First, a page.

LettingFocus’s Evidence to the London Assembly

But following my evidence to the London Assembly’s Housing & Regeration Committee on the Private Rented Sector in December 2012, and pressure from others, Nationwide did an about-turn and then decided to allow landlords to let to folk with few housing options after all.

You can read more about my evidence to the London Assembly here (open the link below and go to item number 7 for the pdf, then to pages 21-24. The minutes shows the surprise of members Tom Copley and Andrew Boff, in particular, when I told them that lenders, including Yorkshire Building Society and state owned Lloyds Bank forbade landlords to let to people dependent on housing benefit. They were previously unaware).

http://www.london.gov.uk/moderngov/ieListDocuments.aspx?MId=4630

… and you can read more about Nationwide’s two about-turns here….(my blogs of March 6 and June 26, 2013)

https://www.lettingfocus.com/blogs/2013/06/longer-term-tenancy-contracts-and-the-mortgage-works/

https://www.lettingfocus.com/blogs/2013/03/nationwide-mortgage-works-housing-benefit-u-turn/

These days Nationwide are a lot more street smart.

They now allow landlords to issue tenancies up to three years, which is a good thing and which separates them from some other lenders.

In our consulting work with other lenders, we have often shown that such a policy (and also letting to tenants on benefits) can make sense for tenants, for landlords and for the lender – and our work has led two lenders to change policy.

The Nationwide Foundation responded to this blog post. They said….

We are a registered charity that is run entirely independently of the Nationwide Building Society. The decisions we make about what and which organisations to fund are made by our independent board of trustees and there is no oversight or control of these decisions by Nationwide. Nationwide does not necessarily endorse the views of the organisations that we choose to fund, but respects our right to create our own strategy to tackle social issues.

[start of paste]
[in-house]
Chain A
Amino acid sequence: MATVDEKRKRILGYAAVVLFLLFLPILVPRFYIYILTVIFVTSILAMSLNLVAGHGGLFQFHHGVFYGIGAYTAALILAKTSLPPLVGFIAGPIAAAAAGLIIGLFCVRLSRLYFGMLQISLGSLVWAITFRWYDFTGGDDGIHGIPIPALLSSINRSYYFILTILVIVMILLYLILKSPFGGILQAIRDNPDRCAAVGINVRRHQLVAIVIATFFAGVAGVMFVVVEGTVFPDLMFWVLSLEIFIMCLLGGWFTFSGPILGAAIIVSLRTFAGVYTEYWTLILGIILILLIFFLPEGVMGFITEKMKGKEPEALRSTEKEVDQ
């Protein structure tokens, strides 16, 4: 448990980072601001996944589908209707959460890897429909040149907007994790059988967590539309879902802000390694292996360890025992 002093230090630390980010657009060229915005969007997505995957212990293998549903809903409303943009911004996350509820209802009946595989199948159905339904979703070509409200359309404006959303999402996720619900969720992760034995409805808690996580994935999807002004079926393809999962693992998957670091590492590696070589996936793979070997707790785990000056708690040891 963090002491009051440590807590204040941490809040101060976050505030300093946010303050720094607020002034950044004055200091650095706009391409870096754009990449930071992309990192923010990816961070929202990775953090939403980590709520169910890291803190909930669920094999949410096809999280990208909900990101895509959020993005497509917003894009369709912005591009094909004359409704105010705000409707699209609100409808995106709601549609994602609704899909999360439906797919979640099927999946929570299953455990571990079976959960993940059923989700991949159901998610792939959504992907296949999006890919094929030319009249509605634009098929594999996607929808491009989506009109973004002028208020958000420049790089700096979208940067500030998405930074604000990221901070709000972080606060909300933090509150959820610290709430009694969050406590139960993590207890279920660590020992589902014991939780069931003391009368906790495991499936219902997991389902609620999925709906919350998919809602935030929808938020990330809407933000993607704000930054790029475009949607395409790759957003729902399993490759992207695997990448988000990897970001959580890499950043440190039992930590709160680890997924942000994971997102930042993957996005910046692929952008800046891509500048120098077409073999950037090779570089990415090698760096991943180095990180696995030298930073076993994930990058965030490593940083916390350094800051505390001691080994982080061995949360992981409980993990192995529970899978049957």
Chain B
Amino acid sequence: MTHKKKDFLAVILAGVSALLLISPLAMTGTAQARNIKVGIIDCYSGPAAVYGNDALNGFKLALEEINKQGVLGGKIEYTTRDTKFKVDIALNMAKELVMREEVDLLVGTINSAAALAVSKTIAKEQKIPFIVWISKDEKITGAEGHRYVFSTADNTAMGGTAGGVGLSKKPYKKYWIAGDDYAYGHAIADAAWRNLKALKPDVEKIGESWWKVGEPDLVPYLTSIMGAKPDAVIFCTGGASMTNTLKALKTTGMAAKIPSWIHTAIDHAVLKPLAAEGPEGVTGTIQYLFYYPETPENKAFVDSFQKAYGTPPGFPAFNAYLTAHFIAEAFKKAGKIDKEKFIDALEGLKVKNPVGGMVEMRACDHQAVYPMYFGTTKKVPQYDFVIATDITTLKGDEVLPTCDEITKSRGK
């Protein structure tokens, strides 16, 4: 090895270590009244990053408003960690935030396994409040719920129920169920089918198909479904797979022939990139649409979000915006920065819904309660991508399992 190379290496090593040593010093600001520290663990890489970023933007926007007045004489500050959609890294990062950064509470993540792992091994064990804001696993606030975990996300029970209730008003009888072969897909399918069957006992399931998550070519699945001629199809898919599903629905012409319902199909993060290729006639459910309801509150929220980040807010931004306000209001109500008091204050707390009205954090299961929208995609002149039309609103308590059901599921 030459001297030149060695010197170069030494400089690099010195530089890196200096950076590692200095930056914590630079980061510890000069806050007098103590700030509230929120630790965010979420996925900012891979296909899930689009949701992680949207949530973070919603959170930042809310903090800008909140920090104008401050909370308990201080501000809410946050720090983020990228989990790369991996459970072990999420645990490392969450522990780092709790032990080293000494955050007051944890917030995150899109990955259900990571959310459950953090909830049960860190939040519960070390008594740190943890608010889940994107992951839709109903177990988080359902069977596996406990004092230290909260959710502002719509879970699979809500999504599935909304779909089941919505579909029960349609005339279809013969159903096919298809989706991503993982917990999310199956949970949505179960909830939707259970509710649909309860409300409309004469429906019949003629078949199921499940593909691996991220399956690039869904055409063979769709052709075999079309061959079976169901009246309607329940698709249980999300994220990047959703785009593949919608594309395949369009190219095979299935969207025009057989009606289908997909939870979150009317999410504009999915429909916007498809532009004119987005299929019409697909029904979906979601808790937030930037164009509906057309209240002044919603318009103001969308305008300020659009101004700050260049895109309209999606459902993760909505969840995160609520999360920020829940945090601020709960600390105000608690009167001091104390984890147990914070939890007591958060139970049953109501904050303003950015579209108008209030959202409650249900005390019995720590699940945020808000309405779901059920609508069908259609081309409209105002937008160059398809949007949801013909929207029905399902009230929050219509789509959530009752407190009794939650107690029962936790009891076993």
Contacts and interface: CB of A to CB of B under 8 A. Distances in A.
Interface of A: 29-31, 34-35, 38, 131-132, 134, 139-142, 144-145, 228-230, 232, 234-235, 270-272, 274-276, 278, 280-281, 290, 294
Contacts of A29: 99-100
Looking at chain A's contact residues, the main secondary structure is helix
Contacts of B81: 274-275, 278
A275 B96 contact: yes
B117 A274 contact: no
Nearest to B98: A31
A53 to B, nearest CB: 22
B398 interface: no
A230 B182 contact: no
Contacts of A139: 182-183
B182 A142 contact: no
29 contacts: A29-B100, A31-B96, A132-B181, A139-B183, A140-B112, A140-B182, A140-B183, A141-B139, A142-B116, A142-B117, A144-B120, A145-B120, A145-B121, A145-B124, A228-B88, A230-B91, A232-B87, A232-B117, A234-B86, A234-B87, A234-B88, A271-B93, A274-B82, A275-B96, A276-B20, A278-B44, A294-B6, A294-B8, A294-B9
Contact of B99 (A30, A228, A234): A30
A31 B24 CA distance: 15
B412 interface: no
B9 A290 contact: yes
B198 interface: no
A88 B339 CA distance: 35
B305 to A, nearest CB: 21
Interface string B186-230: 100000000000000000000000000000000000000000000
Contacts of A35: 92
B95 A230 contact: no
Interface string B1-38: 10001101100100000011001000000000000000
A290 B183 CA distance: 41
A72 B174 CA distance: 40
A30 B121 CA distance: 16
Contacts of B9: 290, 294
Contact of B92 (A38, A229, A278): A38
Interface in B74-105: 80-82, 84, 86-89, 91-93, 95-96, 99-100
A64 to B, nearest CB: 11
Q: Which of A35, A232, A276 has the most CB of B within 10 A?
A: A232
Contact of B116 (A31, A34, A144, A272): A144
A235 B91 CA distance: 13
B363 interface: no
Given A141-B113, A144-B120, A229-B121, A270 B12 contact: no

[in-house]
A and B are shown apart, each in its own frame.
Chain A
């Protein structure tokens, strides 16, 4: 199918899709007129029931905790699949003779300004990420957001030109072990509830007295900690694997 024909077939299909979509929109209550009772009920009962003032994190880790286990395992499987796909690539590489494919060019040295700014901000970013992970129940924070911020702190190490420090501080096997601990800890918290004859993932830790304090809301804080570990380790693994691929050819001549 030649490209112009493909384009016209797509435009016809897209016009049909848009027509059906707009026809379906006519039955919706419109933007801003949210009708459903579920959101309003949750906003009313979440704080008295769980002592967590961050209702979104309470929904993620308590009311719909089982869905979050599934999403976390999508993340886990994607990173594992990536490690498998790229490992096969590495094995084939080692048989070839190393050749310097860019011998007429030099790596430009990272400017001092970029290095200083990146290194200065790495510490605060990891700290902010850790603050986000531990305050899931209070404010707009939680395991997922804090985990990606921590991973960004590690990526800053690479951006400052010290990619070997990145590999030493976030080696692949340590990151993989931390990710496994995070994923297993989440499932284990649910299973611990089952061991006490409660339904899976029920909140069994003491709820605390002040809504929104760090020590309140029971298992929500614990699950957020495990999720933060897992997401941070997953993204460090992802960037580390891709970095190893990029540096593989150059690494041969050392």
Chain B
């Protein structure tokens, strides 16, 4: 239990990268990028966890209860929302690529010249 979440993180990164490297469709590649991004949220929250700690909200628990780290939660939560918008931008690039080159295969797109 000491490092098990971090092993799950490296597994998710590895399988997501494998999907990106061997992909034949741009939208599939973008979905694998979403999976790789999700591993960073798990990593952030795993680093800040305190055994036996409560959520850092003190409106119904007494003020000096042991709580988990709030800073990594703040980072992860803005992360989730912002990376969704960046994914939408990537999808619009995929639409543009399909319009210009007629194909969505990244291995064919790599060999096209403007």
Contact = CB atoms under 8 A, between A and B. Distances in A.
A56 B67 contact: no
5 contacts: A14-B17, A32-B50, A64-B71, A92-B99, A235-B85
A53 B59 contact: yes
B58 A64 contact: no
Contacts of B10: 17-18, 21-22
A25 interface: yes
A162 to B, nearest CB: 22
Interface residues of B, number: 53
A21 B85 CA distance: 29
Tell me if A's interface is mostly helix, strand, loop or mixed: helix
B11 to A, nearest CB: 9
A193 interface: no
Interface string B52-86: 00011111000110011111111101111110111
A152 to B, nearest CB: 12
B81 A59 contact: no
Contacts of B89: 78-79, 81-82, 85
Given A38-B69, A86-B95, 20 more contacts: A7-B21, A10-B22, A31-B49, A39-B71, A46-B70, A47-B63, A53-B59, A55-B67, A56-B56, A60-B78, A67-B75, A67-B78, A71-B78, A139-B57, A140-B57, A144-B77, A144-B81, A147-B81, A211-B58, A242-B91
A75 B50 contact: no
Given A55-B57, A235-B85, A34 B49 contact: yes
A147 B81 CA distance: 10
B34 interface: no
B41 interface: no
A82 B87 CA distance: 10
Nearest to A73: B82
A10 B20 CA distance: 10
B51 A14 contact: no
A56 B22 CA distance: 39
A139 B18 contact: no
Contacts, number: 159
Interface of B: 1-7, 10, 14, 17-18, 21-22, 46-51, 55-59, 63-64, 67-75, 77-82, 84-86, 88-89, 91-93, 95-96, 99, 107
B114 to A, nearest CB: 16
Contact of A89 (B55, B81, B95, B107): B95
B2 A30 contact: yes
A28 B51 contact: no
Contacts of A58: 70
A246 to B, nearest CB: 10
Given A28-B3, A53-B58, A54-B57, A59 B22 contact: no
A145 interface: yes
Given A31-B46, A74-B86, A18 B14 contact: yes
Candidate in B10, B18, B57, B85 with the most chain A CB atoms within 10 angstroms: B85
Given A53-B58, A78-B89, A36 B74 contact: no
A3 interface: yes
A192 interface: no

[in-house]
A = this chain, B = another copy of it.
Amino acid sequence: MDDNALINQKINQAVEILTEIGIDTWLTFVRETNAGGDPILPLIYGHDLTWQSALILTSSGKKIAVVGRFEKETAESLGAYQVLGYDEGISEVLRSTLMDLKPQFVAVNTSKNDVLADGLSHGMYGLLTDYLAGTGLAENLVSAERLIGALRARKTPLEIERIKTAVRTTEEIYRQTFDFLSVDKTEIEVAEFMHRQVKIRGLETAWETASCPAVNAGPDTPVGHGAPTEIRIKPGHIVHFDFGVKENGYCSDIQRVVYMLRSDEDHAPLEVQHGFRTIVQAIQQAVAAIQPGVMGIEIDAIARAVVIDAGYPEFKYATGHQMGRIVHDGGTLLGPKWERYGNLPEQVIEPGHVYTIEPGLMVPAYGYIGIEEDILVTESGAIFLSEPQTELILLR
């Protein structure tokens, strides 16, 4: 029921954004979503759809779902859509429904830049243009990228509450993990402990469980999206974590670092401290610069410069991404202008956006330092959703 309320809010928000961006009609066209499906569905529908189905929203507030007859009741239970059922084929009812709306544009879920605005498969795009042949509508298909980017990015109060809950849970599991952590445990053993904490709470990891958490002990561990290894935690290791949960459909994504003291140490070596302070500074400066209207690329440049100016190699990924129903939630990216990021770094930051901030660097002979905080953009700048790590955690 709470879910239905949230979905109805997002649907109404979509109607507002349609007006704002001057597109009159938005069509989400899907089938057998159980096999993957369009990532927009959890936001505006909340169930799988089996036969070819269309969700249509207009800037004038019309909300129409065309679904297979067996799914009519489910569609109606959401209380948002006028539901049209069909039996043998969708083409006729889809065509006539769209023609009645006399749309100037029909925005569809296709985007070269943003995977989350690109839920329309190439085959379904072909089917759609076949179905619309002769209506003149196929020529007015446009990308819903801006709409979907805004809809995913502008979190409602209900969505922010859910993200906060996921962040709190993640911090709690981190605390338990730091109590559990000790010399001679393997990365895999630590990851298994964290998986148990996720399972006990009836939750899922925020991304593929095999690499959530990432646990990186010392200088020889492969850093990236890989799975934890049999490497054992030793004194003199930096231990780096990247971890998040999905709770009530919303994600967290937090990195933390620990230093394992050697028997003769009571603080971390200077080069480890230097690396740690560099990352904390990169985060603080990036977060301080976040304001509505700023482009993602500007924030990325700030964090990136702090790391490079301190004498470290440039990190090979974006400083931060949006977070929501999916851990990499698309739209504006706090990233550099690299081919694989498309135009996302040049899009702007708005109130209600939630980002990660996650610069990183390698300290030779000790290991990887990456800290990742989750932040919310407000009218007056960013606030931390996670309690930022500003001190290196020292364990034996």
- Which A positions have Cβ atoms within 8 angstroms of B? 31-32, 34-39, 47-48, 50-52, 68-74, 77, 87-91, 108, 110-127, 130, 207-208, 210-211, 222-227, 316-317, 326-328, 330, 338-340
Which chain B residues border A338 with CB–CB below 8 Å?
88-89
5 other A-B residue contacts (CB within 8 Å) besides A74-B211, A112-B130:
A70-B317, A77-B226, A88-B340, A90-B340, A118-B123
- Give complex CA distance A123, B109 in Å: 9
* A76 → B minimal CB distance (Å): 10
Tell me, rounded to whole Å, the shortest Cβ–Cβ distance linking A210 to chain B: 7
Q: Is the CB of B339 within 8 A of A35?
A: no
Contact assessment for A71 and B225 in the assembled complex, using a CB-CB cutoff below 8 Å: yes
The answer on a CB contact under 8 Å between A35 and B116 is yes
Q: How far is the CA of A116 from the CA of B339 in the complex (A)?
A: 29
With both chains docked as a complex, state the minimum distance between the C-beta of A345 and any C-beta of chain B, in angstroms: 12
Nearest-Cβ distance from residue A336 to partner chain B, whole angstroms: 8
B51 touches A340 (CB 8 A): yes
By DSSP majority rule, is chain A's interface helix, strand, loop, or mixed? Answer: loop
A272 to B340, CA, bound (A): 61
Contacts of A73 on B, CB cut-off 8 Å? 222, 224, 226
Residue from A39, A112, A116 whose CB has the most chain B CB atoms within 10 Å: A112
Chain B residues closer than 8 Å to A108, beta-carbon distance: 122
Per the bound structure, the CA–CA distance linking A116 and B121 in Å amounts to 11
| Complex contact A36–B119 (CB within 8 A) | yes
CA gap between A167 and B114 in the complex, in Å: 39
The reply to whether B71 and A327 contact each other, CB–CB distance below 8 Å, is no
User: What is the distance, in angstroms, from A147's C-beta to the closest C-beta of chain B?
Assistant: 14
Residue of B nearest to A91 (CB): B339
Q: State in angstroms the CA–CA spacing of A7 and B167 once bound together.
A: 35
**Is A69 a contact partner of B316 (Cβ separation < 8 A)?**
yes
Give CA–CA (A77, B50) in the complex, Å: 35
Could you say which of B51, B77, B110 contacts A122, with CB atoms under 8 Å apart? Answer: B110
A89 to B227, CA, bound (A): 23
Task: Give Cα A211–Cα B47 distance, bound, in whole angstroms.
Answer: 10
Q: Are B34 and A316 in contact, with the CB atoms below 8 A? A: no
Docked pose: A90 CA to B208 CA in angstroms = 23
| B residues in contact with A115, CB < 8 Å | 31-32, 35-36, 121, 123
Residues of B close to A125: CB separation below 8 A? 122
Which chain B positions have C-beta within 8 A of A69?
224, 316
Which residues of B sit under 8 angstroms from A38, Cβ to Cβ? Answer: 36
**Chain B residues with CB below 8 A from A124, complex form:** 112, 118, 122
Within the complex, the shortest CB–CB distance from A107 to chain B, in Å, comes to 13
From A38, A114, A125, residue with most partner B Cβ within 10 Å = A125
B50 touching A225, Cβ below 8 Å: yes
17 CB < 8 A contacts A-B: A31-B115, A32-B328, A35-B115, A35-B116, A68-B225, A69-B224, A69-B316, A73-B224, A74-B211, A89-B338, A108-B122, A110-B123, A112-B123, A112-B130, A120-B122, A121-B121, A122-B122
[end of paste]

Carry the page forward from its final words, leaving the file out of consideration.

It is the Nationwide Foundation which has given funding to Generation Rent. The Nationwide Foundation has no influence on Nationwide’s lending policies and likewise, Nationwide has no influence on which organisations the Foundation chooses to fund.

We have funded Generation Rent to carry out work that will help lead to the improvement of conditions for vulnerable tenants in the private rented sector, including improving decency standards, affordability and professional management of the sector. This is in line with our vision that everyone in the UK should have access to a decent home that they can afford. Until the creation of Generation Rent, there was no organisation representing private renters at a national level, meaning that their views were often not included in the debate about how to tackle the problems in the private rented sector. We are pleased to support an organisation that aims to empower and include private renters in the debates that affect their lives.

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3 comments

  • You might think about the political clout 9 million renters might have if their votes were ‘harvested’? Maybe not so stupid and I have not found the people they hire to be stupid.

  • Yes, 9 million rents DO have a lot of clout.
    We would like to see Gen Rent also questioning why mortgage lenders still persist in preventing landlords who have loans with them, letting to people on housing benefits. These are always those with fewest housing options and most in need of a roof over their heads, so this seems especially unfair.
    We note that Nationwide Building Society was one of these lenders previously.